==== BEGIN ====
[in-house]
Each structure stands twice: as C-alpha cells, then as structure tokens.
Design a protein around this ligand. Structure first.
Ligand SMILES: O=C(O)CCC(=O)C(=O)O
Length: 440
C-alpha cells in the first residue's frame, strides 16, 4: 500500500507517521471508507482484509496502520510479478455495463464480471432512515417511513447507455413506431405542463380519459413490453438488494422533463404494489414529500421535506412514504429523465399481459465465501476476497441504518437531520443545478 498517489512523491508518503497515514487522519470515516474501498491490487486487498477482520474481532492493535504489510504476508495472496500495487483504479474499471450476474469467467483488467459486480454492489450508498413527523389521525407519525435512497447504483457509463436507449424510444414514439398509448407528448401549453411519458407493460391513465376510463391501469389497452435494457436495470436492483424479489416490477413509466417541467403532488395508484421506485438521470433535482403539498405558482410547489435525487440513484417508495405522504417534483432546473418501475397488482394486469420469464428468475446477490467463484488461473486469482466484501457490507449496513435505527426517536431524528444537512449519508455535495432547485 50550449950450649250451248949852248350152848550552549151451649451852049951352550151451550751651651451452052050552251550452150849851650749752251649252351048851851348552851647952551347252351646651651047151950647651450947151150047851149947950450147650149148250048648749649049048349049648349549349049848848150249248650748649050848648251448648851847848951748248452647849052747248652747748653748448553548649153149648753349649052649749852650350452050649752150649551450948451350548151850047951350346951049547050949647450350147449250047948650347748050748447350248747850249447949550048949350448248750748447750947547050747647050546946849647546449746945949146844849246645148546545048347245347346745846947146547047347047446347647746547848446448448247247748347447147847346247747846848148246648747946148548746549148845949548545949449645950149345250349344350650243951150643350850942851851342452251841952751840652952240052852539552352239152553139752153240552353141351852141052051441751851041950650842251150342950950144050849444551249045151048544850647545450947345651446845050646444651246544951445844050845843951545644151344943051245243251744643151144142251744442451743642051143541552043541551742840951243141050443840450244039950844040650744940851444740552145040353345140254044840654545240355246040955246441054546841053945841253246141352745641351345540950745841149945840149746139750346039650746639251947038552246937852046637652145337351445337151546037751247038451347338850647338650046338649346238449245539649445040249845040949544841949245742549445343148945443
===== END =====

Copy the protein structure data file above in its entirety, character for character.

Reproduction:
[in-house]
Each structure stands twice: as C-alpha cells, then as structure tokens.
Design a protein around this ligand. Structure first.
Ligand SMILES: O=C(O)CCC(=O)C(=O)O
Length: 440
C-alpha cells in the first residue's frame, strides 16, 4: 500500500507517521471508507482484509496502520510479478455495463464480471432512515417511513447507455413506431405542463380519459413490453438488494422533463404494489414529500421535506412514504429523465399481459465465501476476497441504518437531520443545478 498517489512523491508518503497515514487522519470515516474501498491490487486487498477482520474481532492493535504489510504476508495472496500495487483504479474499471450476474469467467483488467459486480454492489450508498413527523389521525407519525435512497447504483457509463436507449424510444414514439398509448407528448401549453411519458407493460391513465376510463391501469389497452435494457436495470436492483424479489416490477413509466417541467403532488395508484421506485438521470433535482403539498405558482410547489435525487440513484417508495405522504417534483432546473418501475397488482394486469420469464428468475446477490467463484488461473486469482466484501457490507449496513435505527426517536431524528444537512449519508455535495432547485 50550449950450649250451248949852248350152848550552549151451649451852049951352550151451550751651651451452052050552251550452150849851650749752251649252351048851851348552851647952551347252351646651651047151950647651450947151150047851149947950450147650149148250048648749649049048349049648349549349049848848150249248650748649050848648251448648851847848951748248452647849052747248652747748653748448553548649153149648753349649052649749852650350452050649752150649551450948451350548151850047951350346951049547050949647450350147449250047948650347748050748447350248747850249447949550048949350448248750748447750947547050747647050546946849647546449746945949146844849246645148546545048347245347346745846947146547047347047446347647746547848446448448247247748347447147847346247747846848148246648747946148548746549148845949548545949449645950149345250349344350650243951150643350850942851851342452251841952751840652952240052852539552352239152553139752153240552353141351852141052051441751851041950650842251150342950950144050849444551249045151048544850647545450947345651446845050646444651246544951445844050845843951545644151344943051245243251744643151144142251744442451743642051143541552043541551742840951243141050443840450244039950844040650744940851444740552145040353345140254044840654545240355246040955246441054546841053945841253246141352745641351345540950745841149945840149746139750346039650746639251947038552246937852046637652145337351445337151546037751247038451347338850647338650046338649346238449245539649445040249845040949544841949245742549445343148945443